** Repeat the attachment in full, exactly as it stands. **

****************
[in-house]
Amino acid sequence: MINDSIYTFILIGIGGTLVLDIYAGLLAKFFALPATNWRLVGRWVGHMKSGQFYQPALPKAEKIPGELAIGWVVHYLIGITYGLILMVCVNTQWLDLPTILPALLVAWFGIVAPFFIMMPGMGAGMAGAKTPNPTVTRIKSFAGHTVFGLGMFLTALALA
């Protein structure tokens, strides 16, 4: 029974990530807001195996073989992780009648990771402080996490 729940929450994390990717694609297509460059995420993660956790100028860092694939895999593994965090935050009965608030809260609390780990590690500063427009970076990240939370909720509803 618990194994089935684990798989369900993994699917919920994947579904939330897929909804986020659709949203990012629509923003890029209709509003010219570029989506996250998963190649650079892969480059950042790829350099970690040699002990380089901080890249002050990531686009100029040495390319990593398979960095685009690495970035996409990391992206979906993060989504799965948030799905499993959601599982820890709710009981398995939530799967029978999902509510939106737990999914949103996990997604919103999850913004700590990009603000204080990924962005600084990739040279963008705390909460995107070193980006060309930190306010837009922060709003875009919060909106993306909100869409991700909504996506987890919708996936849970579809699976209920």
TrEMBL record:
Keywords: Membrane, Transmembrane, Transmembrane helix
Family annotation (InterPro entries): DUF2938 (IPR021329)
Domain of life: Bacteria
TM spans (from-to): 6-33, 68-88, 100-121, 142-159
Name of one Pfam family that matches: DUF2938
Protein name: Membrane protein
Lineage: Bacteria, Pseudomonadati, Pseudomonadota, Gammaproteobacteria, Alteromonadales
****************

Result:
[in-house]
Amino acid sequence: MINDSIYTFILIGIGGTLVLDIYAGLLAKFFALPATNWRLVGRWVGHMKSGQFYQPALPKAEKIPGELAIGWVVHYLIGITYGLILMVCVNTQWLDLPTILPALLVAWFGIVAPFFIMMPGMGAGMAGAKTPNPTVTRIKSFAGHTVFGLGMFLTALALA
């Protein structure tokens, strides 16, 4: 029974990530807001195996073989992780009648990771402080996490 729940929450994390990717694609297509460059995420993660956790100028860092694939895999593994965090935050009965608030809260609390780990590690500063427009970076990240939370909720509803 618990194994089935684990798989369900993994699917919920994947579904939330897929909804986020659709949203990012629509923003890029209709509003010219570029989506996250998963190649650079892969480059950042790829350099970690040699002990380089901080890249002050990531686009100029040495390319990593398979960095685009690495970035996409990391992206979906993060989504799965948030799905499993959601599982820890709710009981398995939530799967029978999902509510939106737990999914949103996990997604919103999850913004700590990009603000204080990924962005600084990739040279963008705390909460995107070193980006060309930190306010837009922060709003875009919060909106993306909100869409991700909504996506987890919708996936849970579809699976209920």
TrEMBL record:
Keywords: Membrane, Transmembrane, Transmembrane helix
Family annotation (InterPro entries): DUF2938 (IPR021329)
Domain of life: Bacteria
TM spans (from-to): 6-33, 68-88, 100-121, 142-159
Name of one Pfam family that matches: DUF2938
Protein name: Membrane protein
Lineage: Bacteria, Pseudomonadati, Pseudomonadota, Gammaproteobacteria, Alteromonadales